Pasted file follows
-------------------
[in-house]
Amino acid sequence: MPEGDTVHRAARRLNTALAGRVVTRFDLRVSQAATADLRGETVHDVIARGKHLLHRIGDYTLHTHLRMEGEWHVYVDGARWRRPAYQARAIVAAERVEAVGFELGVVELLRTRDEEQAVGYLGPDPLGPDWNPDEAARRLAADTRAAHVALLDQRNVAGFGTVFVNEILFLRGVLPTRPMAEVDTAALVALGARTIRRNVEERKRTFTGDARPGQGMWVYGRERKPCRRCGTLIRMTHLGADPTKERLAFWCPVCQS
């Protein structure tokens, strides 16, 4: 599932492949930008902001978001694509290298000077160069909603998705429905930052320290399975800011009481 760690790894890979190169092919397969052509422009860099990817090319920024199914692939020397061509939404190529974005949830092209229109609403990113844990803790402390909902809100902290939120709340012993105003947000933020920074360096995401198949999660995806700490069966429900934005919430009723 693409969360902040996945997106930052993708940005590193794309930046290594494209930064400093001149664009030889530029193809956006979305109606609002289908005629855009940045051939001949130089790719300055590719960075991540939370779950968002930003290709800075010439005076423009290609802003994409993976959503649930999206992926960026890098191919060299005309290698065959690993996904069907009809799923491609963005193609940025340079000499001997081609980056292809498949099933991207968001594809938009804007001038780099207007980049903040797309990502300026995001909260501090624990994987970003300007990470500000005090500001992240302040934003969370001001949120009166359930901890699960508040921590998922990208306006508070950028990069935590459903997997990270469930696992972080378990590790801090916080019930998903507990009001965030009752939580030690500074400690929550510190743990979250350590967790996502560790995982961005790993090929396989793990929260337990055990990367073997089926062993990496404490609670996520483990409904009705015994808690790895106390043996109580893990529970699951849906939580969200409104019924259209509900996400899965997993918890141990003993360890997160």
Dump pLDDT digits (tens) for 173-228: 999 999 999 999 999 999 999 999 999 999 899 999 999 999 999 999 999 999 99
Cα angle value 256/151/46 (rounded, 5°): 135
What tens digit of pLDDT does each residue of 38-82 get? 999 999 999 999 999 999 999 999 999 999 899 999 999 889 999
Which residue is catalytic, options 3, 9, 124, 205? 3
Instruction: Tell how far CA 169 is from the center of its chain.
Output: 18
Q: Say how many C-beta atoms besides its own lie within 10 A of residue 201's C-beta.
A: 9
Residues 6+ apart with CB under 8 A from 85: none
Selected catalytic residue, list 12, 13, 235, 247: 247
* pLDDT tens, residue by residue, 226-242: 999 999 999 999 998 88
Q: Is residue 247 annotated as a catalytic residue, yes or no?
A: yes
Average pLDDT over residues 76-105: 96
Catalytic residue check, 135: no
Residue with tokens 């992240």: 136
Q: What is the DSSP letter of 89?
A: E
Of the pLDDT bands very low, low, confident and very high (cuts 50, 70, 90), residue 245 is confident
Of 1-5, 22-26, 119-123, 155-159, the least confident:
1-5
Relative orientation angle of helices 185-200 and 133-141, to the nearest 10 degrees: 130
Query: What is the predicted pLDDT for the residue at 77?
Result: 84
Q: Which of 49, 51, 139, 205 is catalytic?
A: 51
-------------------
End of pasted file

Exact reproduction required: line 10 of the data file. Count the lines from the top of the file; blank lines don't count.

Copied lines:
Q: Say how many C-beta atoms besides its own lie within 10 A of residue 201's C-beta.